I find it frightening how little people seem to know about what they purchase and consume on an everyday basis.And while it seems that we are constantly becoming more and more aware of what we put into our bodies, it has come to my attention that women, in particular are turning a blind eye to an entire and monumentally important issue. I'll give you a hint – it has nothing to do with what we eat.
For the sake of transparency and respect for your time I'll just come straight out and tell you: It's time you learn the truth about conventional feminine hygiene products and the how they affect personal health, finances, and the environment.
I used to use them. I never really thought about it. Month after month, I'd purchase, use, and throw away countless numbers of pads and tampons.
Then I started to think about all the plastic. I was wasting so much plastic! Throwing away so many applicators and wrappers – I thought I was being savvy when I opted for O.B. tampons, I figured I could do without the applicator and spare the earth some individual packaging, but I continued to toss the cotton, day after day.
Then I read in Sophie Uliano's book, Gorgeously Green, that there was a chemical in tampons that actually induces bleeding, forcing the consumer to buy more tampons, which allows companies make more money!
After I read that, I blindly opted for organic tampons and started to tell other women about it, including my roommate, who was skeptical. So I did my research and found out that the chemicals that promote bleeding are called asbestos. According to the Food and Drug Administration, the rumor is false and the FDA denies that asbestos have ever been an approved additive in tampons.
To make matters worse, tampons are usually made of blends of cotton and rayon for absorbency. Rayon is a cellulose fiber made from wood pulp. During their bleaching process, a toxic byproduct known as dioxin is created. Although the dioxin is present in small amounts, according to the Environmental Protection Agency (EPA), dioxin was once considered one of the world's most dangerous chemicals.
According to the EPA, there really is no "acceptable" level of exposure to dioxin given that it is cumulative and slow to disintegrate. The real danger lies in repeated contact – I would consider using about 4-5 tampons a day, 5-7 days a month, for about 40 years to be repeated contact.
The EPA also has determined that people exposed to high levels of dioxins may be at risk for a damaged immune system, increased risk of pelvic inflammatory disease (PID), and reduced fertility. Recent research on monkeys has linked dioxin exposure with an increased risk to develop endometriosis, a painful disease in which uterine tissue is found outside the uterus, leading to infertility.
When questions about dioxin came up a few years ago, the FDA asked tampon manufacturers to provide information about their pulp purification processes and the potential for dioxin contamination. Manufacturers of rayon tampons are also asked to routinely monitor dioxin levels in the raw material used or the finished tampons. Manufacturers have provided the FDA with test results of studies conducted at independent laboratories. This means that the agency's reassurances are largely based upon data that was submitted by tampon manufacturers, but are not publicly available.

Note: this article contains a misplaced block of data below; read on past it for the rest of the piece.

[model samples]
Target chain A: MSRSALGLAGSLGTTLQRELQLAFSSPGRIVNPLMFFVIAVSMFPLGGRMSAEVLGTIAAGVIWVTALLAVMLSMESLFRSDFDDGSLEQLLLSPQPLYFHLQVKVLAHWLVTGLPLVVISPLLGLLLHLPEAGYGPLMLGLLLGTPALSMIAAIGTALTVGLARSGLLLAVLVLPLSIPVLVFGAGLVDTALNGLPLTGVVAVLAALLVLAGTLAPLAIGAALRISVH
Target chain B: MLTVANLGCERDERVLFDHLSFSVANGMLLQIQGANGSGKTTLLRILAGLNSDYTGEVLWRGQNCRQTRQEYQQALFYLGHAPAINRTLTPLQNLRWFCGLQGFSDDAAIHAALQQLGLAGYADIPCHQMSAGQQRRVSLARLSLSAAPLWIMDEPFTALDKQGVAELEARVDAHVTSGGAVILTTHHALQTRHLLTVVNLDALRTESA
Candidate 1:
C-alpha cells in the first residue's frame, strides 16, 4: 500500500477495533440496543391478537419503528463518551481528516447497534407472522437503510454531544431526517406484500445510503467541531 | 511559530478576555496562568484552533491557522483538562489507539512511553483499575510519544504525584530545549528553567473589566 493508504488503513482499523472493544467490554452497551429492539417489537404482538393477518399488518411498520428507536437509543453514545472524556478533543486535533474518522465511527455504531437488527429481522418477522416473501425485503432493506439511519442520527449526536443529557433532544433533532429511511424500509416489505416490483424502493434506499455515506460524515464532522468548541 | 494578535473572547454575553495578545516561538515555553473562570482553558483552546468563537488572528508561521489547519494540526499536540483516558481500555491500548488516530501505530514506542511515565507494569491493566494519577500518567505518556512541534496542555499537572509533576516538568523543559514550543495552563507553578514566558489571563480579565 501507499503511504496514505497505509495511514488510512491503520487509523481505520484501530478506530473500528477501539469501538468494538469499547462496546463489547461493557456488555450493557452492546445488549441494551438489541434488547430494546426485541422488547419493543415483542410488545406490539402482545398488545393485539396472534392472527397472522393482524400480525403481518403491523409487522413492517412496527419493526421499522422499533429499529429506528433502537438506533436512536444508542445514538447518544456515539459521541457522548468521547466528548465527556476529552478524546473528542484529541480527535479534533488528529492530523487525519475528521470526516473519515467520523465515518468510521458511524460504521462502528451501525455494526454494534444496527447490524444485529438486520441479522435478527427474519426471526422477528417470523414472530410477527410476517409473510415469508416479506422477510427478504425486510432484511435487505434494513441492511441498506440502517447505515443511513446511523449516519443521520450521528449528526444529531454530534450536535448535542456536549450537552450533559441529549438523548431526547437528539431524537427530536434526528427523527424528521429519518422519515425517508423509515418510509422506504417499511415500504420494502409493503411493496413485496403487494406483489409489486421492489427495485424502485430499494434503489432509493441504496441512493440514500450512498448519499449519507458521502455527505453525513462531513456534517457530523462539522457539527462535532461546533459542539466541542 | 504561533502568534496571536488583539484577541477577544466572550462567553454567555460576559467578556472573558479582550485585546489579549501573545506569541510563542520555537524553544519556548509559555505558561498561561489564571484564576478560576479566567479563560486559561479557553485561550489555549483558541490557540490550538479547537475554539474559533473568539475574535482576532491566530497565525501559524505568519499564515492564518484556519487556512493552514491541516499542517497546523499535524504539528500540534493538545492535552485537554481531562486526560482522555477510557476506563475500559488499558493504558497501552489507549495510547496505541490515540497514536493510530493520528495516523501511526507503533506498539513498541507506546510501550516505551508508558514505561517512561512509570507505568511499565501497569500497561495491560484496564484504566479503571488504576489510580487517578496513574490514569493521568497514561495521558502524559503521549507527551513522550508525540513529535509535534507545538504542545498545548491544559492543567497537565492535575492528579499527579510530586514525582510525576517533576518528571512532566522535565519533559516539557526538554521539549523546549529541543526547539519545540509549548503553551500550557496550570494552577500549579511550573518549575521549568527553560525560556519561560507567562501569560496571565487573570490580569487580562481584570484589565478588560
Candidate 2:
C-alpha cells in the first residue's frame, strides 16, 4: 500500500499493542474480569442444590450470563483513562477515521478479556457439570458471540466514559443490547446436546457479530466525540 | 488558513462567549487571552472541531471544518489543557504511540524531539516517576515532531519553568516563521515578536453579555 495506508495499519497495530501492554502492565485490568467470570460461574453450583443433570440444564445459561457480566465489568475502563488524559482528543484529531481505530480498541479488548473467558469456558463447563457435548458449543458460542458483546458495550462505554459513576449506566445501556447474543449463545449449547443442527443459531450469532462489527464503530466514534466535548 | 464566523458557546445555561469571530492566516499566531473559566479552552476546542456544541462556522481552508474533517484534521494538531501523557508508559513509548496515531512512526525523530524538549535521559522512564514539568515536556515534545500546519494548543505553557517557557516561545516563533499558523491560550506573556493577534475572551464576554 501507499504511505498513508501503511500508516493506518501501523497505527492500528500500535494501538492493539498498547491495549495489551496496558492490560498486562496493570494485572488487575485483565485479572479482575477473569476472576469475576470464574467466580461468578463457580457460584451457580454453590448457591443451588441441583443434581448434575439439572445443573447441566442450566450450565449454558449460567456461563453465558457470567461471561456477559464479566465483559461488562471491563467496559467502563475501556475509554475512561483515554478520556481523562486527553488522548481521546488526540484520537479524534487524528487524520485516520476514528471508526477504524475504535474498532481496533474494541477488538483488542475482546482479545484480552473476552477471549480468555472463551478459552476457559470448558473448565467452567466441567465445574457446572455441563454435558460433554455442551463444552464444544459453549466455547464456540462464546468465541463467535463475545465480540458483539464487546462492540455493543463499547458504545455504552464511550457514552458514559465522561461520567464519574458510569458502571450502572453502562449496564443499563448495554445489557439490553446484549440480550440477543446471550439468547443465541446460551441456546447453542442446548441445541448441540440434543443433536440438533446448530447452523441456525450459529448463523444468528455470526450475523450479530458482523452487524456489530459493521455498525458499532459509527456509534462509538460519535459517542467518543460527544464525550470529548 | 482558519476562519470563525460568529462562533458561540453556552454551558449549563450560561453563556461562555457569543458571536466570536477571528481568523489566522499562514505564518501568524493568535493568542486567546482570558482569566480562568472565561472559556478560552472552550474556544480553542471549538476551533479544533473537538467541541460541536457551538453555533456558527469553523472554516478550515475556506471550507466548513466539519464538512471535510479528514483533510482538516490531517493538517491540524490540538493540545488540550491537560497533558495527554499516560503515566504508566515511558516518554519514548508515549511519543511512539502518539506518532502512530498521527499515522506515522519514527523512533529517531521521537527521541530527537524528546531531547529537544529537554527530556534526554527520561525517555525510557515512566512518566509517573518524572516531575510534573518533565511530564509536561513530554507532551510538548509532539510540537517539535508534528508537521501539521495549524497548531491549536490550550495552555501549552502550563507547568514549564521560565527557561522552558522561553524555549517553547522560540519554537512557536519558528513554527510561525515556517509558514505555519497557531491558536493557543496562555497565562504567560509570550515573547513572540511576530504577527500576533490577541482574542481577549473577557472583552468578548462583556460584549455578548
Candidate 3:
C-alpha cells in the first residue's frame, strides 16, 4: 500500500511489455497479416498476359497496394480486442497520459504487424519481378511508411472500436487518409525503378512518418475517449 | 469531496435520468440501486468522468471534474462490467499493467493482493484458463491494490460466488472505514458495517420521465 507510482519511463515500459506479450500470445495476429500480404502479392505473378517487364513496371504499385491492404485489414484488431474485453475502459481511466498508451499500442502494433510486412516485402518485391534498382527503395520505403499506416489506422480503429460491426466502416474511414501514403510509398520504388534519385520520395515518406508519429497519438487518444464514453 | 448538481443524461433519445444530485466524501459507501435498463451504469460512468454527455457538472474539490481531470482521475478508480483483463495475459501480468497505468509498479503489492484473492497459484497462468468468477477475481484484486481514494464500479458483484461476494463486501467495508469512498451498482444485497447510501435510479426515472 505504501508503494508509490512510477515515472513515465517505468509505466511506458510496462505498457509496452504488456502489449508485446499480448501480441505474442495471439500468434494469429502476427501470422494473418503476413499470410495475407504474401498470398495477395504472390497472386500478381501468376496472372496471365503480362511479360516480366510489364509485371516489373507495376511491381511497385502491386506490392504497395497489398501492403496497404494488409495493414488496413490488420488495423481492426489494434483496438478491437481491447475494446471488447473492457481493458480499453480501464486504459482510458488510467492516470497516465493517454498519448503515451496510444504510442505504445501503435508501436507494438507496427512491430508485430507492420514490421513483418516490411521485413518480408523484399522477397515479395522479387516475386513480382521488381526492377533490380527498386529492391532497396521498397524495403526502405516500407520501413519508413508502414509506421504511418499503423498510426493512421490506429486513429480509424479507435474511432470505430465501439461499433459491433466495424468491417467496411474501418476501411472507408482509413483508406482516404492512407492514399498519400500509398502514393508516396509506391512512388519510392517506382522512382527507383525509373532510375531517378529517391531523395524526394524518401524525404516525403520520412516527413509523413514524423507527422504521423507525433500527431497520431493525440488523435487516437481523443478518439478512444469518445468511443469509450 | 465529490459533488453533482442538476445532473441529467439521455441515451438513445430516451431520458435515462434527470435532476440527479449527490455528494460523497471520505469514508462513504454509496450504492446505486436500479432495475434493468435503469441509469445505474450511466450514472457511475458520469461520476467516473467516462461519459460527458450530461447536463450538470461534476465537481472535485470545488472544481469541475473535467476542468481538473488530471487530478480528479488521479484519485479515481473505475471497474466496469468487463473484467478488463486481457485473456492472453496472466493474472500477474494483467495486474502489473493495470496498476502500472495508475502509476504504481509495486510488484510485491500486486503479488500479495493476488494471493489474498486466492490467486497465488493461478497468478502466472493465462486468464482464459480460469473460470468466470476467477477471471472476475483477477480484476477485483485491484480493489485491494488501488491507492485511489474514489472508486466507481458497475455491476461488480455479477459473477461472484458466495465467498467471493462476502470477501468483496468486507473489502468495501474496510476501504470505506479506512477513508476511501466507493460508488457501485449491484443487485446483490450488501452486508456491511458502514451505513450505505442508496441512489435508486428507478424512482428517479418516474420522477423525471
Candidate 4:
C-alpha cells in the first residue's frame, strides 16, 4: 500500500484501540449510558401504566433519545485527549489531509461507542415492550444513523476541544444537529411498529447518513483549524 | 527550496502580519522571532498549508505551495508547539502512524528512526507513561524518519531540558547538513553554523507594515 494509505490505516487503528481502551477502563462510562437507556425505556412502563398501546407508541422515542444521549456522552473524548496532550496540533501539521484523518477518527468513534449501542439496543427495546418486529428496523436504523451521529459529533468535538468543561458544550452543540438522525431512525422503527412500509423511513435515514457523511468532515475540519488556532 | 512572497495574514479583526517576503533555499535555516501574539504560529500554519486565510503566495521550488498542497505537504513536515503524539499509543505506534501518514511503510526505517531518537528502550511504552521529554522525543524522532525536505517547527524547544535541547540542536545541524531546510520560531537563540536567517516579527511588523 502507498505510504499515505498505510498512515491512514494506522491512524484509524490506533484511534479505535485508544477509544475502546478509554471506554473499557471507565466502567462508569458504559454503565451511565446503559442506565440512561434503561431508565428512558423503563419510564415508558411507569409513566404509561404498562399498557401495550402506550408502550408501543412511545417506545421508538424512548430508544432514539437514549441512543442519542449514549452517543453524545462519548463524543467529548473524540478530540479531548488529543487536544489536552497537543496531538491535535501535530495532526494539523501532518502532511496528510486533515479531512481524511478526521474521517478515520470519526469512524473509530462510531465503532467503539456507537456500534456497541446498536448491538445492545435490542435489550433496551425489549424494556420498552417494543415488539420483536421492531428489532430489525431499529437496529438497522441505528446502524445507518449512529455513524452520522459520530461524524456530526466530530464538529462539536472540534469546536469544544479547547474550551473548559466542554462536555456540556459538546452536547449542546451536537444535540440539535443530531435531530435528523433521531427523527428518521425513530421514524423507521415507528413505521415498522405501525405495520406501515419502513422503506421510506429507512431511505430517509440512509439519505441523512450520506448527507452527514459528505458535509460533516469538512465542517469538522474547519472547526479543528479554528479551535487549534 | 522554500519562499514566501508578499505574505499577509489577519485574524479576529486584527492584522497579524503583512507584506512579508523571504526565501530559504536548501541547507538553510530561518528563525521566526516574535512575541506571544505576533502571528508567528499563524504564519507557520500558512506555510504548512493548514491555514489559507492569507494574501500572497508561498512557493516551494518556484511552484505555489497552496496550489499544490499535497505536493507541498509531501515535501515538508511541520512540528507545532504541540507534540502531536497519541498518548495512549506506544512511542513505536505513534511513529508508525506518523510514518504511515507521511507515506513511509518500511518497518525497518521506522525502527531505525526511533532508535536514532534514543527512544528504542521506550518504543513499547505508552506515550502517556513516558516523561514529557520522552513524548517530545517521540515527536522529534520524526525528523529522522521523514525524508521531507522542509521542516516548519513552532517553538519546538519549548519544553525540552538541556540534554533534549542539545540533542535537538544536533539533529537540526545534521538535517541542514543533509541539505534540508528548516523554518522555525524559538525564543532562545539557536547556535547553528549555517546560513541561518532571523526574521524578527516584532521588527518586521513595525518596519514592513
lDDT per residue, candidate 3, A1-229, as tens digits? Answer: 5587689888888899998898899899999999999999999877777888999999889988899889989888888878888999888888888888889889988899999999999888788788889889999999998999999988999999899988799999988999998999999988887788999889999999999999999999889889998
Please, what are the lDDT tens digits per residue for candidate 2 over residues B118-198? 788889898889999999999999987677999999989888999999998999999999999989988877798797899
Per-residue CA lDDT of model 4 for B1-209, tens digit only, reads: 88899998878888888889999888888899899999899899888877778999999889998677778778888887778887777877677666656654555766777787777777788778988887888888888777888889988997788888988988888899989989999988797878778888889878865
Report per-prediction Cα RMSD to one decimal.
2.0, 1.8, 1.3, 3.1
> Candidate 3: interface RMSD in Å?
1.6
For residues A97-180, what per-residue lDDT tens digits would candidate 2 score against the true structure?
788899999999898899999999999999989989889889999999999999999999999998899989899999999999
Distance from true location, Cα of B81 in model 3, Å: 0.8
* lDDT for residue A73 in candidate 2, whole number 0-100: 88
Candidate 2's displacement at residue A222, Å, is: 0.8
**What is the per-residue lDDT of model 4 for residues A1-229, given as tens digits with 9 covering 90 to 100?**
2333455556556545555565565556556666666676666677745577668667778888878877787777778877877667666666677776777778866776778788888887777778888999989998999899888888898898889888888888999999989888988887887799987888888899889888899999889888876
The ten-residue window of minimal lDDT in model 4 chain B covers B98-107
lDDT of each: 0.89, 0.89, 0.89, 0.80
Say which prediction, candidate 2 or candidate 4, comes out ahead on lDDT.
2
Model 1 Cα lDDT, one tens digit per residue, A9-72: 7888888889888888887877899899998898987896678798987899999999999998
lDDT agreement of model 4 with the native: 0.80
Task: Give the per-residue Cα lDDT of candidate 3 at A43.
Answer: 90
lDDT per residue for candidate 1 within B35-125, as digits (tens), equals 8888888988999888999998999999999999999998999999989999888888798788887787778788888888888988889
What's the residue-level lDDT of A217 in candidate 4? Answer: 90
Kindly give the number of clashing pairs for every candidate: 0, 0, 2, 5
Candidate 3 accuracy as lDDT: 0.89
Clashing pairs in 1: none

According to the results of studies conducted by tampon manufacturers submitted to the FDA, dioxin levels in the rayon raw materials range from undetectable to 3 trillion in one area. A study sponsored by the FDA Office of Women's Health was published in 2005 which found "detectable levels of dioxin in seven brands of tampons," including at least one 100 percent cotton brand.
I was clueless about all of the above until I was practically forced to stop using tampons while I was abroad in India. A few weeks abroad had passed and I had my organic, non-applicator tampons ready when my professor, Bindu, whom I was living with at the time, approached me matter-of-factly and said, "Julia, about your period, after you get it, you will have to just burn your products."
India currently does not have any other way of dealing with sanitary waste. Women in the rural villages reuse cloths and disposable sanitary waste is gathered and burned. I thought about the idea of collecting my own waste and then saving it to burn at the end of my cycle, but the idea repulsed me.
Later, when I thought more about it, I didn't think it was more gross (or fair) to throw my pads and tampons in the trash and then let my unnecessary waste rot in a landfill for years,where dioxin and rayon can leach into the environment (groundwater, streams and lakes) causing serious pollution and health concerns. Either that, or leave it for someone else to burn, allowing all of those chemicals to be released into the air for everyone else to breathe.
But then Bindu gave me another option. She offered me the opportunity to purchase a Moon Cup, which is a specific brand of reusable menstrual cups and keepers. You can also buy Diva Cups or The Keeper, which have different names, but offer the same basic benefits; you don't waste your money buying disposable pads and tampons each month, you don't perpetually pollute the land and sea, and you don't compromise your own personal health by literally inserting horrible synthetic chemicals into yourself month after month.
I was nauseated when I calculated the amount of money I'd thrown away over the past few years, but glad I learned my lesson at 20 years old. According to the Diva Cup website, most women spend $150-200 a year on disposable tampons and pads. Multiply that by about forty years and you can estimate that your period will cost you about $8,000 in a lifetime. My Moon Cup cost me about $40, and will last for about ten years. So let me summarize for you, a Moon Cup or Keeper costs $40 for 10 years, and disposable pads and tampons cost $2,000 for 10 years. The numbers speak for themselves.